But it was the US state’s case that clients’ money was not invested as promised – some was pocketed and some was used to keep the scheme going and to repay older investors.

Living it up in America

The US’s Federal Bureau of Investigation previously publicised a questionnaire to try and track down 1st Million “victims.”

A 2020 US indictment against Jali, Johnson and Frimpong said Jali allegedly “recruited investors by misrepresenting his own personal wealth and exhibiting a lavish lifestyle that was purportedly paid from his successful currency trading on his own accounts when, in fact, his lavish lifestyle was paid for with diverted investor funds”.

Jali, according to the indictment, also allegedly spent $78,000 of investor money on private jets for some personal trips, $27,000 on an Audi vehicle and $20,000 on a Porsche.

The indictment detailed how Johnson, Frimpong and Jali allegedly wooed potential clients. 

‘God’s mission’

“[They] recruited victims to invest in 1st Million by holding promotional events at upscale hotels and event spaces, attending church-sponsored events intended to target investments from churchgoers, and representing themselves as religious men more interested in the philanthropic financial freedom of others than personal financial gain,” it said.

“[They] represented themselves as ‘pastors,’ and told prospective investors that 1st Million’s work was in furtherance of God’s mission in that it helped churches and their members achieve personal wealth and financial freedom.”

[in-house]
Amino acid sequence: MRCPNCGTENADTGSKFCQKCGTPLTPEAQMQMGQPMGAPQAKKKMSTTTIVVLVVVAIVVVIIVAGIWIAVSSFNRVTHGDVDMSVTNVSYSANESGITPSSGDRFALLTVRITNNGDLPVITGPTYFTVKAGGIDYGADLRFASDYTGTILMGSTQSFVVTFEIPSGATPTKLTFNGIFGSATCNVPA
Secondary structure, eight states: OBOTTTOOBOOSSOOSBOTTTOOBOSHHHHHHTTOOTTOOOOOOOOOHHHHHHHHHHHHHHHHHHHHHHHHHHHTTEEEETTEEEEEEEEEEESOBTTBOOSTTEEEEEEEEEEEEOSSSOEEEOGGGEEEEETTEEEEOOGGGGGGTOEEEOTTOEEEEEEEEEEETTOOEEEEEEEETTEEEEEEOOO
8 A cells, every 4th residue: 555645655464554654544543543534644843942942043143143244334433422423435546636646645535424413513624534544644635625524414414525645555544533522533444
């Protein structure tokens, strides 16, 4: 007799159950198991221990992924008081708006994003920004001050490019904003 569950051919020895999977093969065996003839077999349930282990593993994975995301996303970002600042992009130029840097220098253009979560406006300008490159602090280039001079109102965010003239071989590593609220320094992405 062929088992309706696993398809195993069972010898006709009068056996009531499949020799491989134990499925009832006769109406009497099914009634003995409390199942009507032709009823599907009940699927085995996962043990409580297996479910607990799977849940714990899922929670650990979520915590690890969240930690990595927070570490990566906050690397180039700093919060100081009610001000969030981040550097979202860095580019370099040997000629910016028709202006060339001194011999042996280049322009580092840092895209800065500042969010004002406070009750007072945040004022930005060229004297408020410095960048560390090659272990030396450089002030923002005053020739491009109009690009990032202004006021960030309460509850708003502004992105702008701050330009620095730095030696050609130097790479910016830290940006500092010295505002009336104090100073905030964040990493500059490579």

According to a US document detailing the complaints against them, by late 2018 Johnson knew “that Jali had been involved in an alleged fraudulent scam in South Africa”. Jali denied the claims and it was business as usual.

Bounced cheques, frozen accounts

But in 2019 1st Million was in irreparable trouble.

In April that year, according to the US complaint document, Johnson issued cheques worth about $700,000 to investors, but these bounced and some of the company’s bank accounts were frozen.

“On May 18, 2019, Jali and Frimpong invited investors to a meeting during which they announced the dissolution of the companies,” the document alleged.

“A few weeks later, Jali fled to South Africa.”

TimesLive reported that the Hawks had been after Jali since March 2018 (when he would have been in the US) in connection with an alleged investment scam that played out in this country involving money provided for vehicles that never materialised.

US and SA cases

It later reported that Jali was arrested in South Africa in August 2019 – he faced a local fraud matter as well as possible extradition to the US.

This is the backdrop against which the US case has been developing.

At the end of September last year, following a 10-day trial, Johnson was convicted of charges including conspiracy, wire fraud and securities fraud, in connection with the $28-million Ponzi scheme.

This was why he was sentenced to six-and-a-half years in jail in January.

Frimpong pleaded guilty to the charges he faced.

The US’s Commodity Futures Trading Commission was also taking civil action against Jali, Johnson and Frimpong.

It said it was seeking “full restitution to defrauded pool participants”. DM168

This story first appeared in our weekly Daily Maverick 168 newspaper, which is available countrywide for R25.